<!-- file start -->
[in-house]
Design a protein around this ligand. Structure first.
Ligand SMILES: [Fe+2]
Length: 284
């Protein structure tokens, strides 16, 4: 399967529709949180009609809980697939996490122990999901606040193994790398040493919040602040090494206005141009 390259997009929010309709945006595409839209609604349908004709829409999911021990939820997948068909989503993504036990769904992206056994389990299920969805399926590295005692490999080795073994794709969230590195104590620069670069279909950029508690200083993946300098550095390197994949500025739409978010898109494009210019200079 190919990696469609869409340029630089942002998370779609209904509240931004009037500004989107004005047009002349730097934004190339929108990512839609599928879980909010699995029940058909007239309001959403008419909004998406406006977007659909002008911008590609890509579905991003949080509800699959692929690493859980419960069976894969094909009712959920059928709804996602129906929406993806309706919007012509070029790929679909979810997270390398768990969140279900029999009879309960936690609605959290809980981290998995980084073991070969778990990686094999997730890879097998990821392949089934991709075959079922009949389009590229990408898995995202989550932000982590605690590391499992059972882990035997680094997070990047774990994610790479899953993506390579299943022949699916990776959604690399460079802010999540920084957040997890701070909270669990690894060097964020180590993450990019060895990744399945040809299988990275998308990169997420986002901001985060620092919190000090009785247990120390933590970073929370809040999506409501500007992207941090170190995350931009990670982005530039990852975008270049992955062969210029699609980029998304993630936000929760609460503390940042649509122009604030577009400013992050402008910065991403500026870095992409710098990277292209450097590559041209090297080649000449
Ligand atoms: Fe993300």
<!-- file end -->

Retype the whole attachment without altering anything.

[in-house]
Design a protein around this ligand. Structure first.
Ligand SMILES: [Fe+2]
Length: 284
């Protein structure tokens, strides 16, 4: 399967529709949180009609809980697939996490122990999901606040193994790398040493919040602040090494206005141009 390259997009929010309709945006595409839209609604349908004709829409999911021990939820997948068909989503993504036990769904992206056994389990299920969805399926590295005692490999080795073994794709969230590195104590620069670069279909950029508690200083993946300098550095390197994949500025739409978010898109494009210019200079 190919990696469609869409340029630089942002998370779609209904509240931004009037500004989107004005047009002349730097934004190339929108990512839609599928879980909010699995029940058909007239309001959403008419909004998406406006977007659909002008911008590609890509579905991003949080509800699959692929690493859980419960069976894969094909009712959920059928709804996602129906929406993806309706919007012509070029790929679909979810997270390398768990969140279900029999009879309960936690609605959290809980981290998995980084073991070969778990990686094999997730890879097998990821392949089934991709075959079922009949389009590229990408898995995202989550932000982590605690590391499992059972882990035997680094997070990047774990994610790479899953993506390579299943022949699916990776959604690399460079802010999540920084957040997890701070909270669990690894060097964020180590993450990019060895990744399945040809299988990275998308990169997420986002901001985060620092919190000090009785247990120390933590970073929370809040999506409501500007992207941090170190995350931009990670982005530039990852975008270049992955062969210029699609980029998304993630936000929760609460503390940042649509122009604030577009400013992050402008910065991403500026870095992409710098990277292209450097590559041209090297080649000449
Ligand atoms: Fe993300």